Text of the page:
Filed under: war-machine | Tags: anarchy, Athens, austerity, general strike, Greece, riot, riot police, syntagma square, the state, violence
According to LA Times:
“Riot police fired tear gas at youths hurling rocks and petrol bombs near the Greek finance ministry Tuesday, trying to quell the anger unleashed during mass protests and a general strike as parliament debated new cost-cutting measures.
The latest austerity measures must pass in two parliamentary votes Wednesday and Thursday if Greece is to receive another batch of bailout funds to see it beyond the middle of next month. If the votes don’t pass, Greece could become the first eurozone nation to default on its debts, sending shock waves through the global economy.
The clashes came at the start of a two-day strike called by unions furious that the new (euro) 28 billion ($40 billion) austerity program will slap taxes on minimum wage earners and other struggling Greeks. The measures come on top of other spending cuts and tax hikes that have sent Greek unemployment soaring to over 16 percent.
“The situation that the workers are going through is tragic and we are near poverty levels,” said Spyros Linardopoulos, a protester with the PAME union blockading the port of Piraeus. “The government has declared war and to this war we will answer back with war.”
A peaceful demonstration of 20,000 people in Athens was soon marred by outbreaks of violence, when two groups clashed. One side took refuge near a coffee shop, and police fired tear gas in an attempt to clear the crowds and get them out.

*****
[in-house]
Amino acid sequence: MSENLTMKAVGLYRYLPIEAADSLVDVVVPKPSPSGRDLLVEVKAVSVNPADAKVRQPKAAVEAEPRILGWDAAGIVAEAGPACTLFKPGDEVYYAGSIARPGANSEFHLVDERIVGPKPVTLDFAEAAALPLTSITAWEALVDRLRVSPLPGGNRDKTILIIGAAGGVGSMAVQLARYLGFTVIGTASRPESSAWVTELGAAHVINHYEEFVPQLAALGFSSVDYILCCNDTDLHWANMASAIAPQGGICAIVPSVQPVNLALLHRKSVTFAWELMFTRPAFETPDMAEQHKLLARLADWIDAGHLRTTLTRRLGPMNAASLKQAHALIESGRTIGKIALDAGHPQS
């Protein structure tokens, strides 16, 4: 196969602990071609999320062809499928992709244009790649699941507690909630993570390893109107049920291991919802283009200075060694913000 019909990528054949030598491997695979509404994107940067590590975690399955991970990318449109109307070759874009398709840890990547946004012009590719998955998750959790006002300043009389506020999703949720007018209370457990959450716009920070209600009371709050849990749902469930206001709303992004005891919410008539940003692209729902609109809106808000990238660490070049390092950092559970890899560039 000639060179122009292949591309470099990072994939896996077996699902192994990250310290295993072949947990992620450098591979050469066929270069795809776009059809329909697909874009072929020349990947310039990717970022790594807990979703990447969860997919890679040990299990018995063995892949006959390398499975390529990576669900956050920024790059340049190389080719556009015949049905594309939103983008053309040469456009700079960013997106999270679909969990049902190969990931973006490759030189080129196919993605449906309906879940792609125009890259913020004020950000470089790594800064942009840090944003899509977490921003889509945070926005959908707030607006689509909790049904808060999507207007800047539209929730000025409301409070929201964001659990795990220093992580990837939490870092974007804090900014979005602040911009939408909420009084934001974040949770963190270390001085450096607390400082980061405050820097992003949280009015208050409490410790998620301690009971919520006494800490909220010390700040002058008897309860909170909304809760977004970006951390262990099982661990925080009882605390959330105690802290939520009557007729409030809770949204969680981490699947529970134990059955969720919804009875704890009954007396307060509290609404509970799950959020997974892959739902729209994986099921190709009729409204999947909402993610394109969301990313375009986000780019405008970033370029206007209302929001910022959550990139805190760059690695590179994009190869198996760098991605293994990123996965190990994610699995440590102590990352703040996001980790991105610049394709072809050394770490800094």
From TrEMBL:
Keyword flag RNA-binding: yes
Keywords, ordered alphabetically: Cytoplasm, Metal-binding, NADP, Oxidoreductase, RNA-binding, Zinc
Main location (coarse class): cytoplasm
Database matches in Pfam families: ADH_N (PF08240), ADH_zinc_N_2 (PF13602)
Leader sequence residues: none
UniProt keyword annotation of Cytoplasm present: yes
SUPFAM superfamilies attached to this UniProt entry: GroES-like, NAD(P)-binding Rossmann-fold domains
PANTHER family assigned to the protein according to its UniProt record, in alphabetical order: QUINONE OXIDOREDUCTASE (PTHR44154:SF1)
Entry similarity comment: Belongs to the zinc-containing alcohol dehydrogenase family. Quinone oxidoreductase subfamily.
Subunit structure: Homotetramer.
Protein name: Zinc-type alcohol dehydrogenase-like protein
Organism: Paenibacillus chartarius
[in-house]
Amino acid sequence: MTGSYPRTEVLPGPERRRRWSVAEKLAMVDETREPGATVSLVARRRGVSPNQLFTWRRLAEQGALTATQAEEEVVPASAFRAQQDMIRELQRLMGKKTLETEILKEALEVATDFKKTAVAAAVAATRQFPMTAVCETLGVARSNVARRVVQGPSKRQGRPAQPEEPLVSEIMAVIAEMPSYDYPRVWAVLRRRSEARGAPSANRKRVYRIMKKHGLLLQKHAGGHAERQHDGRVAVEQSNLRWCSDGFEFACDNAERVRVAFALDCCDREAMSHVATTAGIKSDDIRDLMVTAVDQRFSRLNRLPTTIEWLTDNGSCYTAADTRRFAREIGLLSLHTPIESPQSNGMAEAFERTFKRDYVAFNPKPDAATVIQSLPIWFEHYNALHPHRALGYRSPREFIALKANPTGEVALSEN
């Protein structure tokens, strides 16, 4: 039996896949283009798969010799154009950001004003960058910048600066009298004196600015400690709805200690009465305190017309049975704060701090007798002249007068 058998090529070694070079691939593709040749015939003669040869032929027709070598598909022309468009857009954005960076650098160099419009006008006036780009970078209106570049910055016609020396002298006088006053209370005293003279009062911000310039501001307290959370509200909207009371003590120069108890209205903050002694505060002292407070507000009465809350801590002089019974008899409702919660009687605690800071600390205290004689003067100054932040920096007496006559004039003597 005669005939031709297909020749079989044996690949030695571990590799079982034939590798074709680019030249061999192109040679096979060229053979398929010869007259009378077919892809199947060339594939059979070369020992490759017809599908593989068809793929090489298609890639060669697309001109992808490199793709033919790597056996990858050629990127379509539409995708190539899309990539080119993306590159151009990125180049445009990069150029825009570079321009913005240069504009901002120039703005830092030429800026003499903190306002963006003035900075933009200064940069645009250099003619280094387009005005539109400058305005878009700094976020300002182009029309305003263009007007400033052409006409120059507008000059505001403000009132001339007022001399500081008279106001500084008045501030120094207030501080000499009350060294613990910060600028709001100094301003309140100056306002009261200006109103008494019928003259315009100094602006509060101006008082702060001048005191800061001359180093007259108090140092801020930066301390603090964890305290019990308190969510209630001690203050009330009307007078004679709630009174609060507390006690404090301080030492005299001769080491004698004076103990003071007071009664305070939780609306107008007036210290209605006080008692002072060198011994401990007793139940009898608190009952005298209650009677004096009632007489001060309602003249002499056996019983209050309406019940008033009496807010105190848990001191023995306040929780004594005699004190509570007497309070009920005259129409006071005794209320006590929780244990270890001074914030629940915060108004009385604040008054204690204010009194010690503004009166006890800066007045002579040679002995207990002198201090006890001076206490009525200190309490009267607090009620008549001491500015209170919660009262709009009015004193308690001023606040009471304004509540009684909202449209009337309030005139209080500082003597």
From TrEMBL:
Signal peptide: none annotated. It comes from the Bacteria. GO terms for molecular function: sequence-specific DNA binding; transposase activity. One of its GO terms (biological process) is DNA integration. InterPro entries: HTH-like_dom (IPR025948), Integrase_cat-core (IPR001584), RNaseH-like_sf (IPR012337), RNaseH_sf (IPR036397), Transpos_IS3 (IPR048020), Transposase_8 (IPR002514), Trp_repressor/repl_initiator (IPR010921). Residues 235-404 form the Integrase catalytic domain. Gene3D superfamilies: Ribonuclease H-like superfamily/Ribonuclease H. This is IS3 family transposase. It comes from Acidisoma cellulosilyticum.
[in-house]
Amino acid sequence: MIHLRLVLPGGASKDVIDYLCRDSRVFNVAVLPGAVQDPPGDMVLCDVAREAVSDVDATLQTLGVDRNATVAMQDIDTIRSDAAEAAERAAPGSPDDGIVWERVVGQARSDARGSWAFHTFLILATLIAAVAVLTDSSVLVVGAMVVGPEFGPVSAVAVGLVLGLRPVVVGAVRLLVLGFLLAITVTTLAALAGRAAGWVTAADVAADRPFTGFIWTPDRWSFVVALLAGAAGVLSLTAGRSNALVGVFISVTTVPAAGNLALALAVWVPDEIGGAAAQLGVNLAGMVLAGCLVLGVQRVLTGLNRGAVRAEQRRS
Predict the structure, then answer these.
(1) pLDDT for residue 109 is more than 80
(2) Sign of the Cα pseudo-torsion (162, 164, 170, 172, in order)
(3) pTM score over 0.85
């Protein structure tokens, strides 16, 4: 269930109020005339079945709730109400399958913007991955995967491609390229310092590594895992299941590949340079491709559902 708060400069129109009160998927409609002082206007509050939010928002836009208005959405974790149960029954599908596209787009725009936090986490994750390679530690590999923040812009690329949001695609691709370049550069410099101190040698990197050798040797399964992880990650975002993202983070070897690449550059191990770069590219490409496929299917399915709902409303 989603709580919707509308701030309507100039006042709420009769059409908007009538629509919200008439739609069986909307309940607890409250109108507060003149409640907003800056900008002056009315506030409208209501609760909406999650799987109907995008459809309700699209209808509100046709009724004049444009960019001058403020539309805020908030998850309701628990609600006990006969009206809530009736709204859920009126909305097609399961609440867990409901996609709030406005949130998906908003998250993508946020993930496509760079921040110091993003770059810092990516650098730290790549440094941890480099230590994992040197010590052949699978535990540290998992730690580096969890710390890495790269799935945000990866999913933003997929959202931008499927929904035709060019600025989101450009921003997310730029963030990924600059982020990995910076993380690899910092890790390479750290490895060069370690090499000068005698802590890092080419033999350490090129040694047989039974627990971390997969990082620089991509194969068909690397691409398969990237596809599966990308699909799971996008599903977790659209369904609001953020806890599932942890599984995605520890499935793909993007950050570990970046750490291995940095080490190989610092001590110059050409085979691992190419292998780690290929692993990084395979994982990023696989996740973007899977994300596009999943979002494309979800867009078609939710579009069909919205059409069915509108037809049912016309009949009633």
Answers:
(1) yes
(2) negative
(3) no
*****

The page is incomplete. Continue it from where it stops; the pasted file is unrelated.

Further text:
The situation quickly degenerated, with masked and hooded youths pelting police with chunks of marble ripped off building facades and steps. They set fire to giant parasols at an outdoor cafe, using some to form barricades, and smashed windows of a McDonalds outlet and other snack shops.
Peaceful protesters nearby braved thick clouds of tear gas to stage an outdoor street party, banging pots and pans in time to music on loudspeakers.
Staff at upscale hotels handed out surgical masks to tourists and helped them with rolling luggage past the rioting, over ground strewn with smashed-up marble and cement paving stones.
Youths torched a satellite truck parked near parliament. The fire caused a freezer at a neighboring kiosk to explode, and hooded youths ducked behind the burning truck to help themselves to ice-cream cones.
The scale of the strike bought large parts of the Greek economy to a standstill. Everyone from doctors and ambulance drivers to casino workers and even actors at a state-funded theater were joining the strike or holding work stoppages for several hours.
An ongoing strike by electricity company workers kept up rolling blackouts across Greece. Not far from the violent protest, cafes and ice cream vendors popular with tourists used portable generators to keep the power on.
Hundreds of flights were canceled or rescheduled as air traffic controllers walked off the job for four hours in the morning. Another walkout is scheduled for later. Strikes by public transport workers snarled traffic across the capital and left tourists stranded around Piraeus.